How to Write the Competitor Analysis Section of the Business Plan
Writing The Business Plan: Section 4
The competitor analysis section can be the most difficult section to compile when writing a business plan because before you can analyze your competitors, you have to investigate them. Here's how to write the competitor analysis section of the business plan.
First, Find Out Who Your Competitors Are
If you're planning to start a small business that's going to operate locally, chances are you already know which businesses you're going to be competing with. But if not, you can easily find out by doing an internet search for local businesses, looking in the online or printed local phone book, or even driving around the target market area.
Your local business may have also have non-local competitors that you need to be aware of.
If you're selling office supplies, for instance, you may also have to compete with big-box retailers within a driving distance of several hours and companies that offer office supplies online. You want to make sure that you identify all your possible competitors at this stage.
Then Find Out About Them
You need to know:
- what markets or market segments your competitors serve;
- what benefits your competitors offers;
- why customers buy from them;
- as much as possible about their products and/or services, pricing, and promotion.
Gathering Information for Your Competitor Analysis
A visit is still the most obvious starting point - either to the bricks and mortar store, or to the company's website. Go there, once or several times, and look around. Watch how customers are treated. Check out the prices.
You can also learn a fair bit about your competitors from talking to their customers and/or clients - if you know who they are. Other good "live" sources of information about competitors include a company's vendors or suppliers and a company's employees. They may or may not be willing to talk to you, but it's worth seeking them out and asking.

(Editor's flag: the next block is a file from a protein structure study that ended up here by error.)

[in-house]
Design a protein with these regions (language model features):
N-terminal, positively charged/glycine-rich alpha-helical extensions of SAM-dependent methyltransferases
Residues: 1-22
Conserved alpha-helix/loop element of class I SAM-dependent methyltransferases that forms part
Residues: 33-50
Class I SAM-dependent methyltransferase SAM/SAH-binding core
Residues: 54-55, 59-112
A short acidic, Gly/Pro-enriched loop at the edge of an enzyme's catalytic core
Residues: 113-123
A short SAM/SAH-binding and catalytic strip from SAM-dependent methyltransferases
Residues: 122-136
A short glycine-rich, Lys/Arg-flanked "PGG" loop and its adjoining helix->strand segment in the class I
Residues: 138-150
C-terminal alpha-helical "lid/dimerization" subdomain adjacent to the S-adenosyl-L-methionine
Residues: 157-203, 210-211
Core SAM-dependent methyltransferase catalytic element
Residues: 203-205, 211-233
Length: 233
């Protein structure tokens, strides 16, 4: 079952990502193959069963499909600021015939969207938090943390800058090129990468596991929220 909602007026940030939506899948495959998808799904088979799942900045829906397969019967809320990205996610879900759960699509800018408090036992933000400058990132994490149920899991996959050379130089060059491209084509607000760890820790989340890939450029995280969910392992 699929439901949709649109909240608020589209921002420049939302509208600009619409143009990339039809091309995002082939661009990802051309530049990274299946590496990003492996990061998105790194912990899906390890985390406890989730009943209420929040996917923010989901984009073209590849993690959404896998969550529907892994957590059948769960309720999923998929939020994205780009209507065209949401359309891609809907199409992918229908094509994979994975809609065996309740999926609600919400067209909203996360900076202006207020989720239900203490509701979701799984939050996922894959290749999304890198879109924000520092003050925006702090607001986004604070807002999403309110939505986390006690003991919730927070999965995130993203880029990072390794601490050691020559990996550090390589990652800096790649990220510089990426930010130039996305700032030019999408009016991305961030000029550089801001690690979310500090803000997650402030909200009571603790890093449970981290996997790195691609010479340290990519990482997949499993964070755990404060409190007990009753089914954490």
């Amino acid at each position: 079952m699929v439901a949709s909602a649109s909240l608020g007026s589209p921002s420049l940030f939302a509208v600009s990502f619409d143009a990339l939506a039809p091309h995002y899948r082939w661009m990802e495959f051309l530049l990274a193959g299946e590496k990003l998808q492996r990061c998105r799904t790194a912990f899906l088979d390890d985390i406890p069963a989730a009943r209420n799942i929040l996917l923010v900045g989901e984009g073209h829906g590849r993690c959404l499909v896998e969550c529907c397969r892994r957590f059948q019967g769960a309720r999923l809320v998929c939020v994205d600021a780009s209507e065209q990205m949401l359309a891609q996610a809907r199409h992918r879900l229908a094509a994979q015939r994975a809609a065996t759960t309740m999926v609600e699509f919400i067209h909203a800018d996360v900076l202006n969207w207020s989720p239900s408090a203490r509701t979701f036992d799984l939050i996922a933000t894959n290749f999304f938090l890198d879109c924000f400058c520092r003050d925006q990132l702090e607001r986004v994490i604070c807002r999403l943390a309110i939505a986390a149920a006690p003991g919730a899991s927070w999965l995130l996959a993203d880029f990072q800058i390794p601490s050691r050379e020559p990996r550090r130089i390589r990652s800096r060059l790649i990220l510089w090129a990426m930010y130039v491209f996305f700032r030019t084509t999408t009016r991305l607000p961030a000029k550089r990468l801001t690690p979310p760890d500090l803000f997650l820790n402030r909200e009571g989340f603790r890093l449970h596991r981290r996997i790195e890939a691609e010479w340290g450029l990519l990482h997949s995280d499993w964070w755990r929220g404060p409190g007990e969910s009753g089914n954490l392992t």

And watch for trade shows that your competitors may be attending. Businesses are there to disseminate information about and sell their products or services; attending and visiting their booths can be an excellent way to find out about your competition.
You'll also want to search for the publicly available information about your competitors. Online publications, newspapers, and magazines may all have information about the company you're investigating for your competitive analysis. Press releases may be particularly useful.
Once you've compiled the information about your competitors, you're ready to analyze it.
Analyzing the Competition
Just listing a bunch of information about your competition in the competitor analysis section of the business plan misses the point. It's the analysis of the information that's important.
Study the information you've gathered about each of your competitors and ask yourself this question:
How are you going to compete with that company?
For many small businesses, the key to competing successfully is to identify a where they can capture a whose needs are not being met.
- Is there a particular segment of the market that your competition has overlooked?
- Is there a service that customers or clients want that your competitor does not supply?
The goal of your competitor analysis is to identify and expand upon your - the benefits that your proposed business can offer the customer or client that your competition can't or won't supply.
Writing the Competitor Analysis Section
When you're writing the business plan, you'll write the competitor analysis section in the form of several paragraphs.
The first paragraph will outline the competitive environment, telling your readers who your proposed business's competitors are, how much of the market they control and any other relevant details about the competition.
The second and following paragraphs will detail your competitive advantage, explaining why and how your company will be able to compete with these competitors and establish yourself as a successful business.
Remember; you don't have to go into exhaustive detail here, but you do need to persuade the reader of your business plan that you are knowledgeable about the competition and that you have a clear, definitive plan that will enable your new business to successfully compete.